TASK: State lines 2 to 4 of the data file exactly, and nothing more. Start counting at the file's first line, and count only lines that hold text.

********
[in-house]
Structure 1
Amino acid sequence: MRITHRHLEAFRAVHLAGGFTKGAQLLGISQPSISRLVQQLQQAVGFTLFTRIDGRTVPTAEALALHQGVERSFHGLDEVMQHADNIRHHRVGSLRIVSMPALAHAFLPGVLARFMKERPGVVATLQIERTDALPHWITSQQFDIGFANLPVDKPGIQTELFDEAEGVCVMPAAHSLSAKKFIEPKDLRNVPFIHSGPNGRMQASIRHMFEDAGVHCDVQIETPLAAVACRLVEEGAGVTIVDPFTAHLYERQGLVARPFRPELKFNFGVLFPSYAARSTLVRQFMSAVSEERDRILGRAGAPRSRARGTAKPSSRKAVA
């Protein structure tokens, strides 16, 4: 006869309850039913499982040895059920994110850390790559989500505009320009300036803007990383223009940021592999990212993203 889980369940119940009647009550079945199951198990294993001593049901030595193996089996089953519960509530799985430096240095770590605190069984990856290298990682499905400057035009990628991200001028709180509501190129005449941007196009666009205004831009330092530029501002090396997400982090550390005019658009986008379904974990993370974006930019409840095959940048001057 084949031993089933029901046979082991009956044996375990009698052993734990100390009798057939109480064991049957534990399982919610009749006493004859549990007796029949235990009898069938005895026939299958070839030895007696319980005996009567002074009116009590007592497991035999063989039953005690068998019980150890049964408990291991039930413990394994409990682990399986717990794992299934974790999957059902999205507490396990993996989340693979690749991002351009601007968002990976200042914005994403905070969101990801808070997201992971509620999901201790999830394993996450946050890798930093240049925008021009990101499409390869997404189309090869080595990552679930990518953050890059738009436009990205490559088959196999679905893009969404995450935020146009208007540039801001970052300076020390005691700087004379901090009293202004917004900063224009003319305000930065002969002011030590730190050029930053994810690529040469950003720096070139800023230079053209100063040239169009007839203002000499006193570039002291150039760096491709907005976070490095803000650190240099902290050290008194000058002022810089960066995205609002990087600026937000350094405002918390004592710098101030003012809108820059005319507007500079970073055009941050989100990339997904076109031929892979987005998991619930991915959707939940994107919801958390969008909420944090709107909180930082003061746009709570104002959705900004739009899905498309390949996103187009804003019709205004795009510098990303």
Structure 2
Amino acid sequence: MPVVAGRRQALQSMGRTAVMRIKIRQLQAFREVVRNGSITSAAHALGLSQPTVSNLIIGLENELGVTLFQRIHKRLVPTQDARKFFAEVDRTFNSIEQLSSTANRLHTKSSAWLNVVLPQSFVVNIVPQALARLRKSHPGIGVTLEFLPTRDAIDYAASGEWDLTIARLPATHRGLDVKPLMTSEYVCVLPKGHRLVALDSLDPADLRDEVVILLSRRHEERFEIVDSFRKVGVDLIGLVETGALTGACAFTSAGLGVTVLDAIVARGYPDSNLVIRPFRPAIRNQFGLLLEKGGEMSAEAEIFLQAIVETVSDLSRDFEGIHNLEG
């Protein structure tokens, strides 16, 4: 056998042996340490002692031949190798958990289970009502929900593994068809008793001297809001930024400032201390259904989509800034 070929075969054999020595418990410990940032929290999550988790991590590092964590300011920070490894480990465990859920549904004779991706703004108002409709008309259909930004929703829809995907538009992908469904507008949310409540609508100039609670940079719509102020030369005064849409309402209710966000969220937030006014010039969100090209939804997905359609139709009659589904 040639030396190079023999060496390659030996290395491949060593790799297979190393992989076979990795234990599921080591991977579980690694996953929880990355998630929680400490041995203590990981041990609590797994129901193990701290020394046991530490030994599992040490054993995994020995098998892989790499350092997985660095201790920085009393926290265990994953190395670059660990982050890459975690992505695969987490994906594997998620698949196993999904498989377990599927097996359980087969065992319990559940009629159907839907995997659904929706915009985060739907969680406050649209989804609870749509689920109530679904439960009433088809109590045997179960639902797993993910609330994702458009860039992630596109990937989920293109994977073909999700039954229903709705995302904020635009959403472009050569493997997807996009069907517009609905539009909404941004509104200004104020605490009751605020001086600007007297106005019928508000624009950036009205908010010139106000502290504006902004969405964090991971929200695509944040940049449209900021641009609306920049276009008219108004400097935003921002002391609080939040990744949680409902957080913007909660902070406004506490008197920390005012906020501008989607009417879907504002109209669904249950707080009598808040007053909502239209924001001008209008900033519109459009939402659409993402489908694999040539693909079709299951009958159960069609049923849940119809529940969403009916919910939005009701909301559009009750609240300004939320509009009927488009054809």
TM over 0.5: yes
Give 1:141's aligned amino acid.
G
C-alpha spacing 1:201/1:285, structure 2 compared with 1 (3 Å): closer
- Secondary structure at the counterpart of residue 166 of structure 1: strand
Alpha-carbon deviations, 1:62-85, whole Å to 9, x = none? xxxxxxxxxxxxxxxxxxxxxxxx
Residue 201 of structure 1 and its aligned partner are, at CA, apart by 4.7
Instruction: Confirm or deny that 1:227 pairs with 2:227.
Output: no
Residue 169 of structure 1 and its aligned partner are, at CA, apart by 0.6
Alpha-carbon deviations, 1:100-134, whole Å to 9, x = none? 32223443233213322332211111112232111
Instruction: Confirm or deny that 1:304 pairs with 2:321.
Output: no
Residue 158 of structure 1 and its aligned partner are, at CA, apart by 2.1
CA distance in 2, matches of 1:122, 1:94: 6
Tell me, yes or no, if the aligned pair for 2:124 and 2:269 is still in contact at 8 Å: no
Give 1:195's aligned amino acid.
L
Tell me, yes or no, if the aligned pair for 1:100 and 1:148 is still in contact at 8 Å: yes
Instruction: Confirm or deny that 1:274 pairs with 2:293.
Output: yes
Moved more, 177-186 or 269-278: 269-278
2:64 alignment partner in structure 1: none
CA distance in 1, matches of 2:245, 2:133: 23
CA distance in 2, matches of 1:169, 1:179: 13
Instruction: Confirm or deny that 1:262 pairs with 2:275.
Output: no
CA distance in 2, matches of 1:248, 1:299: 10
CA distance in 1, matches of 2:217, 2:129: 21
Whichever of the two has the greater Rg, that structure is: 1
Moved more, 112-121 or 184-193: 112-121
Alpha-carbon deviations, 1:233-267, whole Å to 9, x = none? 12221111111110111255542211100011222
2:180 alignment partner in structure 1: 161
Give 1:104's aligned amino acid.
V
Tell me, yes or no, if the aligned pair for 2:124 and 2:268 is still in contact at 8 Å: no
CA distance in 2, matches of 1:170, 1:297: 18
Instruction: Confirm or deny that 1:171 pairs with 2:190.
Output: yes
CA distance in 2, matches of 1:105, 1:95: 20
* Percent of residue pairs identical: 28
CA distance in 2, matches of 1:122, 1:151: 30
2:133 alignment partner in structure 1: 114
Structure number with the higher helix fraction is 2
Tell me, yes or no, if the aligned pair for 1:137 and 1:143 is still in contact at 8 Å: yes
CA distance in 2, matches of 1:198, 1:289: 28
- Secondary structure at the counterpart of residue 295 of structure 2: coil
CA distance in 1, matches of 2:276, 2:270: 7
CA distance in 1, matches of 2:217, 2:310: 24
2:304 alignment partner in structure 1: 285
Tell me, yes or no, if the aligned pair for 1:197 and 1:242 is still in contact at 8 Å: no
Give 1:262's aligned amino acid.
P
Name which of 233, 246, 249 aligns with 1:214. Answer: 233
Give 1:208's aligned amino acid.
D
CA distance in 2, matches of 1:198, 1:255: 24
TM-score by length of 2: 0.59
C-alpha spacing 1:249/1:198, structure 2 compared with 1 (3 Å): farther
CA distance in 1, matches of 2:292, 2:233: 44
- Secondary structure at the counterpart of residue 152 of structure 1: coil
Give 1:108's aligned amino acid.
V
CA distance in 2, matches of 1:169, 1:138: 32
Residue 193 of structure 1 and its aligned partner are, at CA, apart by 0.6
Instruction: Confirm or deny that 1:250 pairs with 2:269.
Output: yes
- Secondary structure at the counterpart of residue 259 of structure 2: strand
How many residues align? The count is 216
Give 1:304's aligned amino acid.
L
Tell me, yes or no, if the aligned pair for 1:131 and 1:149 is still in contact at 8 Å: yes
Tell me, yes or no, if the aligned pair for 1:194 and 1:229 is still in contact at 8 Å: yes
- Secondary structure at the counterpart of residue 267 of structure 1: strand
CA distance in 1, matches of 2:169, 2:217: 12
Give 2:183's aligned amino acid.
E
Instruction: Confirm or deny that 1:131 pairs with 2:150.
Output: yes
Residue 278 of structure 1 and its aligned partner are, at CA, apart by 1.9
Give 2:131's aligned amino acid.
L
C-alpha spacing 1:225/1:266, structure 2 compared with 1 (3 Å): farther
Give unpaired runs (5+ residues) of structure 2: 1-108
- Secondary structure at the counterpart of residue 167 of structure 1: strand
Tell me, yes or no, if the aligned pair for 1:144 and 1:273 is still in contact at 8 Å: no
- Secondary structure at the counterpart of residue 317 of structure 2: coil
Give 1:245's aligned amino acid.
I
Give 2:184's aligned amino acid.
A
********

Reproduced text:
Structure 1
Amino acid sequence: MRITHRHLEAFRAVHLAGGFTKGAQLLGISQPSISRLVQQLQQAVGFTLFTRIDGRTVPTAEALALHQGVERSFHGLDEVMQHADNIRHHRVGSLRIVSMPALAHAFLPGVLARFMKERPGVVATLQIERTDALPHWITSQQFDIGFANLPVDKPGIQTELFDEAEGVCVMPAAHSLSAKKFIEPKDLRNVPFIHSGPNGRMQASIRHMFEDAGVHCDVQIETPLAAVACRLVEEGAGVTIVDPFTAHLYERQGLVARPFRPELKFNFGVLFPSYAARSTLVRQFMSAVSEERDRILGRAGAPRSRARGTAKPSSRKAVA
């Protein structure tokens, strides 16, 4: 006869309850039913499982040895059920994110850390790559989500505009320009300036803007990383223009940021592999990212993203 889980369940119940009647009550079945199951198990294993001593049901030595193996089996089953519960509530799985430096240095770590605190069984990856290298990682499905400057035009990628991200001028709180509501190129005449941007196009666009205004831009330092530029501002090396997400982090550390005019658009986008379904974990993370974006930019409840095959940048001057 084949031993089933029901046979082991009956044996375990009698052993734990100390009798057939109480064991049957534990399982919610009749006493004859549990007796029949235990009898069938005895026939299958070839030895007696319980005996009567002074009116009590007592497991035999063989039953005690068998019980150890049964408990291991039930413990394994409990682990399986717990794992299934974790999957059902999205507490396990993996989340693979690749991002351009601007968002990976200042914005994403905070969101990801808070997201992971509620999901201790999830394993996450946050890798930093240049925008021009990101499409390869997404189309090869080595990552679930990518953050890059738009436009990205490559088959196999679905893009969404995450935020146009208007540039801001970052300076020390005691700087004379901090009293202004917004900063224009003319305000930065002969002011030590730190050029930053994810690529040469950003720096070139800023230079053209100063040239169009007839203002000499006193570039002291150039760096491709907005976070490095803000650190240099902290050290008194000058002022810089960066995205609002990087600026937000350094405002918390004592710098101030003012809108820059005319507007500079970073055009941050989100990339997904076109031929892979987005998991619930991915959707939940994107919801958390969008909420944090709107909180930082003061746009709570104002959705900004739009899905498309390949996103187009804003019709205004795009510098990303």